21 July 2014 Last updated on 07 August 2014

GoDaddy, like many other shared hosts, is trying to cram as many sites as possible on a single physical server. A server has a finite amount of resources (processing power, memory, hard disk space, network bandwidth). The only way to cram as many sites as possible is applying restrictions to how much resources they can use.

GoDaddy used to have very tight resource limits but it was possible to make Akeeba Backup's backup process and Admin Tools' PHP File Scanner process run 3-5 times slower than normal to work around it. Since July 18th, 2014 the resource limits on GoDaddy became unrealistic. You'd need to make the backup 30-100 times slower. A backup of a relatively small site which normally completes in two minutes would need somewhere between one and four hours. A backup of a large site that normally needs an hour would now take days.

The limits GoDaddy has chosen are UNREALISTIC. They only demonstrate that their servers are oversold and used well beyond their capacity. They are effectively telling you that they charge you as much as other companies, or even more, for a service that's far worse and for servers that cannot cope with the demand! The only course of action you can possibly take is first notify GoDaddy about the problem they have caused, then move to a decent host if they do not want to change their server settings to be more realistic. We strongly recommend SiteGround and Rochen for hosting your Joomla! or WordPress site.

Unfortunately, we cannot do anything on our part to help you. We could give you settings which would make the backup run desperately slow –taking days to back up a four hundred megabytes site– but this is impractical and nothing sort of a joke. For the record, a 400Mb site on Rochen hosting backs up in two minutes thirty seconds. Rochen charges pretty much the same as GoDaddy. That's the situation, folks. The only course of action on our part is to decline providing support to GoDaddy clients because their issues are caused by GoDaddy settings which are outside our control. Any tickets regarding issues on GoDaddy will be sent a link to this page and closed.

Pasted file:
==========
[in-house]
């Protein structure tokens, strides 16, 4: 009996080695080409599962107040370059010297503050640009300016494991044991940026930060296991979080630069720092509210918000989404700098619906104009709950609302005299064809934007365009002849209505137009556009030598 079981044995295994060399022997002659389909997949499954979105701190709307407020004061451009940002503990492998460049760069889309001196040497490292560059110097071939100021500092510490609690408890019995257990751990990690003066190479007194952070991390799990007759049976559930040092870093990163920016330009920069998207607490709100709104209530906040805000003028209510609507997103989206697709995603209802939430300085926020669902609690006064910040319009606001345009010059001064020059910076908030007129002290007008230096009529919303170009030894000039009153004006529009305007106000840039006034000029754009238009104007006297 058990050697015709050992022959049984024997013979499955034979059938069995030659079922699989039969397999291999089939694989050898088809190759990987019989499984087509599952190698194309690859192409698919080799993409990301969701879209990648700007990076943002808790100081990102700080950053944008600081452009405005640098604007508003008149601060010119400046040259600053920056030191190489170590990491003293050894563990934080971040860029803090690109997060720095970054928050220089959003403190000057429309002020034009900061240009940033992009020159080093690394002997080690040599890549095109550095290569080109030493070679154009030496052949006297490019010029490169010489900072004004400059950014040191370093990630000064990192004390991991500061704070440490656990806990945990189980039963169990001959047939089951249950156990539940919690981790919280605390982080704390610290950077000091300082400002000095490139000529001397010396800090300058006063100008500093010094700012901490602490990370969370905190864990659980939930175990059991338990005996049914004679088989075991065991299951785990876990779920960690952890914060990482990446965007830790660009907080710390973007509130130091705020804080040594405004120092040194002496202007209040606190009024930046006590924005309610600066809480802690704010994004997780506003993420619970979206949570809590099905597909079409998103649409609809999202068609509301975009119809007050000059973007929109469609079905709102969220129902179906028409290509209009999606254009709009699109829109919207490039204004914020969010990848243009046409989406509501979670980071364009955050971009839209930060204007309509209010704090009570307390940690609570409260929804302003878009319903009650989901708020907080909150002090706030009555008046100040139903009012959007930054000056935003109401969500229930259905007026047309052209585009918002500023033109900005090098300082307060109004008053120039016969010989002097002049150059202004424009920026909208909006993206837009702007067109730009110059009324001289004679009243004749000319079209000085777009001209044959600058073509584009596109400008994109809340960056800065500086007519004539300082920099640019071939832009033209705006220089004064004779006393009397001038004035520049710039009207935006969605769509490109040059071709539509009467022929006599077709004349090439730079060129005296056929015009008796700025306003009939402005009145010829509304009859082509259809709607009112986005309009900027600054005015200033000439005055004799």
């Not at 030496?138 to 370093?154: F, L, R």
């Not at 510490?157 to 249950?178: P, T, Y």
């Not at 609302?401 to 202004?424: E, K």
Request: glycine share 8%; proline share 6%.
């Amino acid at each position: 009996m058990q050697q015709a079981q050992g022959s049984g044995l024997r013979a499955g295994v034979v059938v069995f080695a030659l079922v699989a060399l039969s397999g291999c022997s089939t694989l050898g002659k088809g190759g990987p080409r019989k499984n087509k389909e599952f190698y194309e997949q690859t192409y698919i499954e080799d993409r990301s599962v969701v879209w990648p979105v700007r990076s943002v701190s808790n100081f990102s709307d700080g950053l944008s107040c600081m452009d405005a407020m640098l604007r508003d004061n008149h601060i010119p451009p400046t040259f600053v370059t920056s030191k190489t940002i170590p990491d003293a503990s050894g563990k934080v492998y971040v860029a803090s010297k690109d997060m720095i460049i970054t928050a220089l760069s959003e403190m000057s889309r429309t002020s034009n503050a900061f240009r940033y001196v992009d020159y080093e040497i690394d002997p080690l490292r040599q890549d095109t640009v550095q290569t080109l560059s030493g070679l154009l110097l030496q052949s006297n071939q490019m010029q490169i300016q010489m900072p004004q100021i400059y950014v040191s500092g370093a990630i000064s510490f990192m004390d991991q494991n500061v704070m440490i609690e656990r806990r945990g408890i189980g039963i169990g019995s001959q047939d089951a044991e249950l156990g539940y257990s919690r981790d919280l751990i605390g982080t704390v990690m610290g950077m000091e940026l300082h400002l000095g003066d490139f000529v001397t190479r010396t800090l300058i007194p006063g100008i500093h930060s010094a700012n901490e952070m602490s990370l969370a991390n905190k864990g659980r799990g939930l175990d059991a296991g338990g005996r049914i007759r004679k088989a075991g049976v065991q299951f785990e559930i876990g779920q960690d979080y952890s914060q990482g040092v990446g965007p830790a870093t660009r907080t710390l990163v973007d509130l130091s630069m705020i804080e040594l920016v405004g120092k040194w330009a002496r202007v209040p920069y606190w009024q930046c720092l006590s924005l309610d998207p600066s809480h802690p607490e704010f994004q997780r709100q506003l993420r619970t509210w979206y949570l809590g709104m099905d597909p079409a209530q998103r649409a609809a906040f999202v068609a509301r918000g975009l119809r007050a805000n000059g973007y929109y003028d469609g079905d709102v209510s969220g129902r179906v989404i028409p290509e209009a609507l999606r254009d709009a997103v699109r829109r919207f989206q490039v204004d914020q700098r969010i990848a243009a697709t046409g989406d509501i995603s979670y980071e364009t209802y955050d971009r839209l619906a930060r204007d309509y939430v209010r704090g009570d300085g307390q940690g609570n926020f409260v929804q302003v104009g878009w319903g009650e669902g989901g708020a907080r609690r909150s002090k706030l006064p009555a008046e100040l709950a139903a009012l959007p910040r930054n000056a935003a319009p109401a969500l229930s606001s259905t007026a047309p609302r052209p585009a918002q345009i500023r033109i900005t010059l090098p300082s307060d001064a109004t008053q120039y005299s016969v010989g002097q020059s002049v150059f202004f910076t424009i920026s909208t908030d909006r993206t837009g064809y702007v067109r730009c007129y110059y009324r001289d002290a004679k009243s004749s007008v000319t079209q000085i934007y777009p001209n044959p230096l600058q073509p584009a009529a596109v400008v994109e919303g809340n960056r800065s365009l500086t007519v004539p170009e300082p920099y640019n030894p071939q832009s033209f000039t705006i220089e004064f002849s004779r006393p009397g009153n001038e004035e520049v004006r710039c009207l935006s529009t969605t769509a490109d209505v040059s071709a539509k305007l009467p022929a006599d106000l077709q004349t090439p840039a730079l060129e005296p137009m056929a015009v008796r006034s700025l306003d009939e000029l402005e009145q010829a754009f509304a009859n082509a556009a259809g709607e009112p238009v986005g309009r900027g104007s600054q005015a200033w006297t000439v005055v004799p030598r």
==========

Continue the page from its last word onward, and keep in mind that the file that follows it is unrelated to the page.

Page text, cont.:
Important clarification: host-related issues are not a valid reason for a refund per our Terms of Service. The reasoning behind this is that it's easy to cancel your hosting account with the bad host (and get a refund of the unused hosting time if you paid in advance) and move to another, decent host with pretty much the same monthly cost and a much better service level.

Thank you for your understanding.

Update July 23rd, 2014. We are already in contact with GoDaddy in order to resolve this issue. We have given their engineers all the details we have collected so far and they are trying to reproduce the issue and isolate the setting which triggers it. We will post further information as we are receiving it.

UPDATE July 24th: GoDaddy engineers have identified and the issue and are working on it. When the problem is fully resolved we will resume support to GoDaddy clients. We don't want you to think that we are making stuff up, so here is the reply we got a few minutes ago from the GoDaddy engineer: "We think we found the issue in an infrastructure update made around the time you saw this start to fail. Your timing and sample accounts helped us track it down. It also impacted an image upload tool that the Managed WordPress team was using to load images in bulk that had a similar AJAX pattern. We're working on rolling back that patch this morning and then will test then will let you know."

UPDATE July 29th: GoDaddy engineers have identified the issue and have deployed a reversal of the patch causing the backups problems since July 26th. However, it takes a while for all of their servers to become up to date. We have tentatively removed the warning about not providing support for GoDaddy customers but please DO NOT request support for backup failures on GoDaddy until August 4th as we can't know if your server is affected or not.